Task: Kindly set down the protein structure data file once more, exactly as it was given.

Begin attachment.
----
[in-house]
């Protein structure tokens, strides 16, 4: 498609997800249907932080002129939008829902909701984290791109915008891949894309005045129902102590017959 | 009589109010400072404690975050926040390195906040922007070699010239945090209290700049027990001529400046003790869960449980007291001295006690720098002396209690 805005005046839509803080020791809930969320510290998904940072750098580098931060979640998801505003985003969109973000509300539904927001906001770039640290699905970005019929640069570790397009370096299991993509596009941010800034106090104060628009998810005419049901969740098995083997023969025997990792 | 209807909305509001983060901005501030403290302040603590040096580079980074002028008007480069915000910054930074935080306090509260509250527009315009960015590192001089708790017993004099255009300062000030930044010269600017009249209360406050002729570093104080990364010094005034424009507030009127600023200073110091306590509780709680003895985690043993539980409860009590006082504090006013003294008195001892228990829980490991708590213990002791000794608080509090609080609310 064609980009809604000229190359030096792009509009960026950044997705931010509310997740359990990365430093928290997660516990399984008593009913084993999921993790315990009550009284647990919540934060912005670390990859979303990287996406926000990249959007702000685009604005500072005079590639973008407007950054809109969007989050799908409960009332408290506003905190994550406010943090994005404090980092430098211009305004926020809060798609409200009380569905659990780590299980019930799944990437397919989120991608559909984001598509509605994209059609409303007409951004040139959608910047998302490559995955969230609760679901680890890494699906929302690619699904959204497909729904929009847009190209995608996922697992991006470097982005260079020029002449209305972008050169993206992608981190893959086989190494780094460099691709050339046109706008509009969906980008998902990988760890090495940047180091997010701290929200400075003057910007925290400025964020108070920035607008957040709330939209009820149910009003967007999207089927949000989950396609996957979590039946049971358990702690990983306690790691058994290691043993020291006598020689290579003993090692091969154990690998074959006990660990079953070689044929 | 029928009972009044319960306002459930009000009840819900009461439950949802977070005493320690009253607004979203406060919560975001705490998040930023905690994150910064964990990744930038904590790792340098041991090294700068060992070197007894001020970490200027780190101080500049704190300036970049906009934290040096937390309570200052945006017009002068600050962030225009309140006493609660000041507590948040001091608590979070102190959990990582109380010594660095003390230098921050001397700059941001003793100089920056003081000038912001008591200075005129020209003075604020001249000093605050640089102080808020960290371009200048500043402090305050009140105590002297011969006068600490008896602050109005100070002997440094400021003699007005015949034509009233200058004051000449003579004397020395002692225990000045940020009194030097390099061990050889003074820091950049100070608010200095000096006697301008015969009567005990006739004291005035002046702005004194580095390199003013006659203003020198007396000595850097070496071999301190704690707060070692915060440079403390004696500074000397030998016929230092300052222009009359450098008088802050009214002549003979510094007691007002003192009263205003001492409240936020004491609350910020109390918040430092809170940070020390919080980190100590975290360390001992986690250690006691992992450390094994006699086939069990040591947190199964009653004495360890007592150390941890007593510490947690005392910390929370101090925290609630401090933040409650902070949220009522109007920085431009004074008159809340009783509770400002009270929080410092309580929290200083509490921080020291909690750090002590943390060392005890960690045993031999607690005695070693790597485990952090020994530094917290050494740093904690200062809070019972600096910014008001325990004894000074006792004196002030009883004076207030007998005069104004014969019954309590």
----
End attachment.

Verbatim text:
[in-house]
């Protein structure tokens, strides 16, 4: 498609997800249907932080002129939008829902909701984290791109915008891949894309005045129902102590017959 | 009589109010400072404690975050926040390195906040922007070699010239945090209290700049027990001529400046003790869960449980007291001295006690720098002396209690 805005005046839509803080020791809930969320510290998904940072750098580098931060979640998801505003985003969109973000509300539904927001906001770039640290699905970005019929640069570790397009370096299991993509596009941010800034106090104060628009998810005419049901969740098995083997023969025997990792 | 209807909305509001983060901005501030403290302040603590040096580079980074002028008007480069915000910054930074935080306090509260509250527009315009960015590192001089708790017993004099255009300062000030930044010269600017009249209360406050002729570093104080990364010094005034424009507030009127600023200073110091306590509780709680003895985690043993539980409860009590006082504090006013003294008195001892228990829980490991708590213990002791000794608080509090609080609310 064609980009809604000229190359030096792009509009960026950044997705931010509310997740359990990365430093928290997660516990399984008593009913084993999921993790315990009550009284647990919540934060912005670390990859979303990287996406926000990249959007702000685009604005500072005079590639973008407007950054809109969007989050799908409960009332408290506003905190994550406010943090994005404090980092430098211009305004926020809060798609409200009380569905659990780590299980019930799944990437397919989120991608559909984001598509509605994209059609409303007409951004040139959608910047998302490559995955969230609760679901680890890494699906929302690619699904959204497909729904929009847009190209995608996922697992991006470097982005260079020029002449209305972008050169993206992608981190893959086989190494780094460099691709050339046109706008509009969906980008998902990988760890090495940047180091997010701290929200400075003057910007925290400025964020108070920035607008957040709330939209009820149910009003967007999207089927949000989950396609996957979590039946049971358990702690990983306690790691058994290691043993020291006598020689290579003993090692091969154990690998074959006990660990079953070689044929 | 029928009972009044319960306002459930009000009840819900009461439950949802977070005493320690009253607004979203406060919560975001705490998040930023905690994150910064964990990744930038904590790792340098041991090294700068060992070197007894001020970490200027780190101080500049704190300036970049906009934290040096937390309570200052945006017009002068600050962030225009309140006493609660000041507590948040001091608590979070102190959990990582109380010594660095003390230098921050001397700059941001003793100089920056003081000038912001008591200075005129020209003075604020001249000093605050640089102080808020960290371009200048500043402090305050009140105590002297011969006068600490008896602050109005100070002997440094400021003699007005015949034509009233200058004051000449003579004397020395002692225990000045940020009194030097390099061990050889003074820091950049100070608010200095000096006697301008015969009567005990006739004291005035002046702005004194580095390199003013006659203003020198007396000595850097070496071999301190704690707060070692915060440079403390004696500074000397030998016929230092300052222009009359450098008088802050009214002549003979510094007691007002003192009263205003001492409240936020004491609350910020109390918040430092809170940070020390919080980190100590975290360390001992986690250690006691992992450390094994006699086939069990040591947190199964009653004495360890007592150390941890007593510490947690005392910390929370101090925290609630401090933040409650902070949220009522109007920085431009004074008159809340009783509770400002009270929080410092309580929290200083509490921080020291909690750090002590943390060392005890960690045993031999607690005695070693790597485990952090020994530094917290050494740093904690200062809070019972600096910014008001325990004894000074006792004196002030009883004076207030007998005069104004014969019954309590």